Thanksgiving Treat: Does Your Family Eat Mincemeat Pie?

Introduction: In this article, Gena Philibert-Ortega searches old newspapers to find various mincemeat recipes for holiday pies. Gena is a genealogist and author of the book “From the Family Kitchen.”

When I was growing up, one of my paternal great-grandmothers would make all the pies for Thanksgiving. Now to be honest, I have no idea what all she made because there’s only one pie I cared about. I seem to think there was a number of fruit pies (apple and cherry) and the best pie, pumpkin.

But there was also this one pie on the table that I never understood why anyone would eat it. My guess was that maybe some of the older men in the family ate it but no one who was a true pie connoisseur would turn down the best pie (pumpkin) for something with such a curious, non-delectable name. That pie? Mincemeat.

Photo: homemade mincemeat. Credit: Stuart Caie; Wikimedia Commons.
Photo: homemade mincemeat. Credit: Stuart Caie; Wikimedia Commons.

What Is Mincemeat??

What is mincemeat? A search of John F. Mariani’s Dictionary of American Food and Drink for the word “mincemeat” revealed this definition:

A mixture of chopped fruits, spices, suet, and sometimes meat that is usually baked in a pie crust. The word comes from mince, “to chop finely,” whose own origins are in the Latin, minuere, “to diminish.” …In colonial America these pies were made in the fall and sometimes frozen throughout the winter. (1)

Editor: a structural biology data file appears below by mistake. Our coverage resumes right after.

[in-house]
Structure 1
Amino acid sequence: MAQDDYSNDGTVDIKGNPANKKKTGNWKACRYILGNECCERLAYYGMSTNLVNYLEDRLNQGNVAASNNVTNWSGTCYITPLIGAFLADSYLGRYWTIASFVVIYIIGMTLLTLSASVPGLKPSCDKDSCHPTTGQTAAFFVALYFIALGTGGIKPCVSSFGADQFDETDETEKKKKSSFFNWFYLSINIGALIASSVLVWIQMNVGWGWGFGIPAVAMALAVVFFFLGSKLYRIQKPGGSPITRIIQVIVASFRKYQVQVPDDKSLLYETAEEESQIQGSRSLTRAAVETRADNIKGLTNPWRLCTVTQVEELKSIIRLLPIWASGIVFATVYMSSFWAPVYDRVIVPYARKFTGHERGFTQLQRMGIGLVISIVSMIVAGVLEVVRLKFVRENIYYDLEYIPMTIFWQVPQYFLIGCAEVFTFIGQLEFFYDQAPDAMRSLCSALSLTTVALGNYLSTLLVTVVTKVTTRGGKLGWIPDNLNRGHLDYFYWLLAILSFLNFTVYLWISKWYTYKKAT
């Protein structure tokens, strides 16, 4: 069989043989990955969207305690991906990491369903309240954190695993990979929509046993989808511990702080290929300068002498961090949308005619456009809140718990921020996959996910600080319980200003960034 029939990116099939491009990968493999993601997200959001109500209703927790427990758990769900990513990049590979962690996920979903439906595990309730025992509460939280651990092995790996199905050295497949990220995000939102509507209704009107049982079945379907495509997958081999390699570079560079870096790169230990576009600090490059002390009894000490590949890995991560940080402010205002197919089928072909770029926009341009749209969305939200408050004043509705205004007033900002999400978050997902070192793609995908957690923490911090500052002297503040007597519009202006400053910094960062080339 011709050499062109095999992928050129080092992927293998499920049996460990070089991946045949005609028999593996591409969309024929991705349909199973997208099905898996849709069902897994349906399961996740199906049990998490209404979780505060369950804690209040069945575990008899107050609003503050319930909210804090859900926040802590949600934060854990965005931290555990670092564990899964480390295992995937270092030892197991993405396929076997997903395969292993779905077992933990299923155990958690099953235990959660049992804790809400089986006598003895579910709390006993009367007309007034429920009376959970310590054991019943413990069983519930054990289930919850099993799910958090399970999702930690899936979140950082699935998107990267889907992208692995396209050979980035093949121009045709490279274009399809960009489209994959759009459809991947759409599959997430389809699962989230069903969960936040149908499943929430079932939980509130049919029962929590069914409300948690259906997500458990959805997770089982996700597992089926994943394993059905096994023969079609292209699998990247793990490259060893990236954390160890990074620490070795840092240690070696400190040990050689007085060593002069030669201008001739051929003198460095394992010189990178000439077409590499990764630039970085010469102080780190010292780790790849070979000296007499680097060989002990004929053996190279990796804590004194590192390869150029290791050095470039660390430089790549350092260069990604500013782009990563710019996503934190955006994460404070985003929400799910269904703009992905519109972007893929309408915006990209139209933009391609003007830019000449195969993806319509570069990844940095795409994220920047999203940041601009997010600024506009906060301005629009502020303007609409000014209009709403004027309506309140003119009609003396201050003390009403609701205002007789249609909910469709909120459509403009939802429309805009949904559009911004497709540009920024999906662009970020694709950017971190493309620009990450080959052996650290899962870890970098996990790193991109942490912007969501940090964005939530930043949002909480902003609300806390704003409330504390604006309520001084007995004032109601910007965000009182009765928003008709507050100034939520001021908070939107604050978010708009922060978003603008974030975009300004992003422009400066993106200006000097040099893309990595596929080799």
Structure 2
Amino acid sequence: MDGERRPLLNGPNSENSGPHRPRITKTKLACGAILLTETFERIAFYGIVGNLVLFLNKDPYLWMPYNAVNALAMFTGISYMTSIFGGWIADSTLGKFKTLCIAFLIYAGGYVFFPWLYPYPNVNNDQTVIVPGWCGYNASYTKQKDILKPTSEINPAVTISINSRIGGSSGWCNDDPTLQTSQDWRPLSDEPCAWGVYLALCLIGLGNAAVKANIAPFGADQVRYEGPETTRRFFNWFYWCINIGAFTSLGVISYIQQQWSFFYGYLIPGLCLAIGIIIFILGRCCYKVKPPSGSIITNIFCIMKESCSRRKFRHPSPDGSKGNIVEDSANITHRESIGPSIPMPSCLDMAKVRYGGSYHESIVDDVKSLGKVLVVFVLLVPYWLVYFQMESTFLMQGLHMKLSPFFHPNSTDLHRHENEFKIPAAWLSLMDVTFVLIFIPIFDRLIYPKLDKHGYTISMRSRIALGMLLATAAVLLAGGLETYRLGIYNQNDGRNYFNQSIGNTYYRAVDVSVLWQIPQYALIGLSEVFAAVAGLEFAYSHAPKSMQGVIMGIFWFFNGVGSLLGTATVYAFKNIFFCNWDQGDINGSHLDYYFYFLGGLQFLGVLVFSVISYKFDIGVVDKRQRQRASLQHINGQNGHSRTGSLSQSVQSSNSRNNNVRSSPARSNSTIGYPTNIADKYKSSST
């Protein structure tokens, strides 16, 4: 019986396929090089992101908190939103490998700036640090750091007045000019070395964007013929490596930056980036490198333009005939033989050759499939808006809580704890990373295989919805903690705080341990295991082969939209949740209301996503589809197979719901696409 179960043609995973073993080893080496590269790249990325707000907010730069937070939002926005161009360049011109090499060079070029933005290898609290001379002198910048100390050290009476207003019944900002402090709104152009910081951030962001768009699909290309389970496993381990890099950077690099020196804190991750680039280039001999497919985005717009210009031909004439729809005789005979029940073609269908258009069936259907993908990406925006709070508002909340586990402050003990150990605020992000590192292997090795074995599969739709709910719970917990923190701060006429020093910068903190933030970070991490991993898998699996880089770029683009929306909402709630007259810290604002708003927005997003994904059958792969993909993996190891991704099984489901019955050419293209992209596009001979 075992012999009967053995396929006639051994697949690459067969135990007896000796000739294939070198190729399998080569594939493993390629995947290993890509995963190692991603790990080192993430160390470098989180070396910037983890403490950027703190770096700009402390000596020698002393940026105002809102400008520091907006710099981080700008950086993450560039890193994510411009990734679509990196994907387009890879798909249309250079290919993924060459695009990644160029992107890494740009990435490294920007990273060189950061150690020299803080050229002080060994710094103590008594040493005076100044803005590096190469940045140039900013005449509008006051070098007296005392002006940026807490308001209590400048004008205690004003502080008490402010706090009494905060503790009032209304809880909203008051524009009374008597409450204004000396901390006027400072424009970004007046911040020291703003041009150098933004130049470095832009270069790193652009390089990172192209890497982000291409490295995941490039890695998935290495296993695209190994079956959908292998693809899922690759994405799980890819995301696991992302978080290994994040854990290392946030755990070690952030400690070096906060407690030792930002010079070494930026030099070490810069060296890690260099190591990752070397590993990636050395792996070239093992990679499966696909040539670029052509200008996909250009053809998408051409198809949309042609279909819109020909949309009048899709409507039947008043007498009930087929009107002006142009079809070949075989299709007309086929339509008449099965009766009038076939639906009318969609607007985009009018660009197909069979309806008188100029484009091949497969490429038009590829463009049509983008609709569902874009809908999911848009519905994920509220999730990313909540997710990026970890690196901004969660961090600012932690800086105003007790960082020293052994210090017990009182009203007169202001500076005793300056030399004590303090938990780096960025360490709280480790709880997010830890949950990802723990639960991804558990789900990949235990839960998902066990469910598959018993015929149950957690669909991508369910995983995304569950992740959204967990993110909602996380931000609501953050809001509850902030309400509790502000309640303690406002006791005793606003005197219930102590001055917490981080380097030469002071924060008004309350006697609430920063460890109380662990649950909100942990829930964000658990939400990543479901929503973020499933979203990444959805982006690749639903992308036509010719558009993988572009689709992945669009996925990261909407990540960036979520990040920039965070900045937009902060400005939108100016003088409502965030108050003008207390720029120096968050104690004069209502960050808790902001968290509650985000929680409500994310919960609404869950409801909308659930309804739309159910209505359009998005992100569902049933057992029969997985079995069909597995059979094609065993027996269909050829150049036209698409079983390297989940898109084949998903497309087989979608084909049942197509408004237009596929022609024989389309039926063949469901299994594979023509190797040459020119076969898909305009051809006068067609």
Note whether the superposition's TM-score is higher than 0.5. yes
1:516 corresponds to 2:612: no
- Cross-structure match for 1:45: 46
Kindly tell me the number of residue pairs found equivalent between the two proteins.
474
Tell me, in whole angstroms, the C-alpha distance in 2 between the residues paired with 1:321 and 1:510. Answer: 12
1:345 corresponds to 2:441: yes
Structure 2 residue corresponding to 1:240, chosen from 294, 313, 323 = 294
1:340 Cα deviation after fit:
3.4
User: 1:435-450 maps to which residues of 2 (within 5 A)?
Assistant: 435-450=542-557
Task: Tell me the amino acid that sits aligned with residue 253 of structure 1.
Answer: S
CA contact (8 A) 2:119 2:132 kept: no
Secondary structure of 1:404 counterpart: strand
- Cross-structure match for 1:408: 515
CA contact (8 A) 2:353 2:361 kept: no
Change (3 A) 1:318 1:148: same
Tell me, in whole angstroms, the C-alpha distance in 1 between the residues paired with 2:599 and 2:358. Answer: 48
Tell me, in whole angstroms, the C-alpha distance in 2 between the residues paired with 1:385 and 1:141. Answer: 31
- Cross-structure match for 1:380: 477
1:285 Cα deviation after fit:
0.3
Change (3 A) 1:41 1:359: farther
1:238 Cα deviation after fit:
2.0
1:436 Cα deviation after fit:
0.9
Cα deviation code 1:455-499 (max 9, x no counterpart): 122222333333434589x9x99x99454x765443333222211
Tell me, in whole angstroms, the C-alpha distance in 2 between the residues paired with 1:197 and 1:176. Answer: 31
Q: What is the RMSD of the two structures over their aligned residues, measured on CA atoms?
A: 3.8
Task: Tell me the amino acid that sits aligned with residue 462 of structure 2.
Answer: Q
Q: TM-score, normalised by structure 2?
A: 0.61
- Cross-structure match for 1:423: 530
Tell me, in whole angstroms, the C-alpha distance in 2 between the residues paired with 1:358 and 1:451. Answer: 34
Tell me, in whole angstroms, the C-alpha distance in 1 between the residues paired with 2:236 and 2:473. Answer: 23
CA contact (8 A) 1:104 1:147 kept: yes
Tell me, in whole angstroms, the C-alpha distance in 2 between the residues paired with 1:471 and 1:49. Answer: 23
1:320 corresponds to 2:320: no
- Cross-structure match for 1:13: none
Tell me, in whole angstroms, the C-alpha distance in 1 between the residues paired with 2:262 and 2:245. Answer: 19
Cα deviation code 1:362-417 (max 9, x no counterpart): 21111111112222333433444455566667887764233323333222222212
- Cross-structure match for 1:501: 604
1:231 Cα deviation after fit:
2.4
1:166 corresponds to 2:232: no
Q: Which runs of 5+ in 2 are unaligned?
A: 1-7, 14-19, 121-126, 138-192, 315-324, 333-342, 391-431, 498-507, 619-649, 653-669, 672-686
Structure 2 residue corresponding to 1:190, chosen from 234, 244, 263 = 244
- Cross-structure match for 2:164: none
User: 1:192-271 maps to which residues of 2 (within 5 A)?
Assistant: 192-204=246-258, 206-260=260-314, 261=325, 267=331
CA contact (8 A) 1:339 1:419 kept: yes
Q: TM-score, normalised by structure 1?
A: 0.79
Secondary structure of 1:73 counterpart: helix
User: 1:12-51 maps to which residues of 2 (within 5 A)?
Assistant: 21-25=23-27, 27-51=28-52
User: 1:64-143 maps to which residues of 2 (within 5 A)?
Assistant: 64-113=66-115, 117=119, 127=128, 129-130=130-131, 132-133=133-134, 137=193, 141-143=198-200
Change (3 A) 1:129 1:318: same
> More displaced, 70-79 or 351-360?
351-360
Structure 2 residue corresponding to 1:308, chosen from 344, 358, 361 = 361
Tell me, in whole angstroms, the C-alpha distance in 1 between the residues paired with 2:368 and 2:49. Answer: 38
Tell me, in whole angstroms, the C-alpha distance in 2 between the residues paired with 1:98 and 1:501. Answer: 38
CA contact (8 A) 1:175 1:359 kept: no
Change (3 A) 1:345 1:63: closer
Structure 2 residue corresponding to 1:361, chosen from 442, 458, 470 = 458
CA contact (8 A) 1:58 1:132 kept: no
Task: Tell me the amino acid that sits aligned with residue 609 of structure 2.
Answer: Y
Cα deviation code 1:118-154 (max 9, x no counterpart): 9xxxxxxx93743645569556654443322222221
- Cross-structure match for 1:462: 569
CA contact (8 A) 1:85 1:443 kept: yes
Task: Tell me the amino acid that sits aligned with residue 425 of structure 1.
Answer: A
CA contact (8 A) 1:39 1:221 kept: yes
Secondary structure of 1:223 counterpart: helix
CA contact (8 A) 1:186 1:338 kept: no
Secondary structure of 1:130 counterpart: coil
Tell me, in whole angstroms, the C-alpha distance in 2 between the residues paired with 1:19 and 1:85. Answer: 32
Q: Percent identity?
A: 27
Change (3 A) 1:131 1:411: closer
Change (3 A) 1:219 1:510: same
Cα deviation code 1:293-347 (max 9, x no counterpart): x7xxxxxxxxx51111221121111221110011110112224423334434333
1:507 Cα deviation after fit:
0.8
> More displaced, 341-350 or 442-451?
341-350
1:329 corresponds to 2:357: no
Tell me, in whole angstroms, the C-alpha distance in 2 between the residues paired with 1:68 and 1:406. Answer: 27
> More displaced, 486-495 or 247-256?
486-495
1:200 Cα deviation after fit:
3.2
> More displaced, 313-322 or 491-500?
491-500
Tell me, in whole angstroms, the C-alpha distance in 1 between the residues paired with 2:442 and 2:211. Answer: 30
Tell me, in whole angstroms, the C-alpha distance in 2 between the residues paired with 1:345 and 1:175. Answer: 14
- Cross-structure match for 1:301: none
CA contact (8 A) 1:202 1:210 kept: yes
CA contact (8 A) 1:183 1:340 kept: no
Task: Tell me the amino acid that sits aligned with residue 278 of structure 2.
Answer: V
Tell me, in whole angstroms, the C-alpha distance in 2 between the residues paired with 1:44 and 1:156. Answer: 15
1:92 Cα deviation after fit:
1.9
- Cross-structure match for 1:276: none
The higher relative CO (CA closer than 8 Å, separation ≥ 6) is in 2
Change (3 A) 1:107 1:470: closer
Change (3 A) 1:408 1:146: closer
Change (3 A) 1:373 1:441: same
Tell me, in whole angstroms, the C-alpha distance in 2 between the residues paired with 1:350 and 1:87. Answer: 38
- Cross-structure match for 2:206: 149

Mincemeat has long been a tradition that harkens back to England and a way to preserve meat without salting, curing, smoking or drying. (2) However, I think most of us have only heard of it as a filling for pie. If you ask people what mincemeat is, they will either say it’s all fruit or that it’s a combination of meat and fruit. There might even be those who ate mincemeat with just meat. Typically, it’s a dessert pie and not a savory pie like what we would think of as a pot pie (like chicken pot pie). Today, fruit mincemeat filling can be purchased to help make pie making easier.

Mincemeat Pie Recipes

Is mincemeat a family tradition in your home? Whenever I hear someone talk about it, I instantly think of my great-grandmother. I’m actually sad that I didn’t put the pumpkin pie slice down for a second and at least try that mincemeat. It seems that it is a taste that no one in our family today remembers. If you are like me and need a recipe to continue your family tradition, historical newspapers can help.

This 1911 food column of mincemeat recipes proclaims that without these “dainties” Christmas and Thanksgiving would be dismal. What surprises me is the different types of mincemeat recipes found here including:

  • New England Mincemeat #1
  • New England Mincemeat #2
  • Old English Mincemeat
  • Vegetarian Mincemeat
  • Plain Vegetarian Mincemeat
  • Southern Mincemeat
  • Kentucky Mincemeat
  • “Diet” Mincemeat
  • Green Tomato Mincemeat
  • Green Tomato Mincemeat #2
  • Carrot Mincemeat
Mincemeat recipes, Oregonian newspaper article 19 November 1911
Oregonian (Portland, Oregon), 19 November 1911, page 6
Mincemeat recipes, Oregonian newspaper article 19 November 1911
Oregonian (Portland, Oregon), 19 November 1911, page 6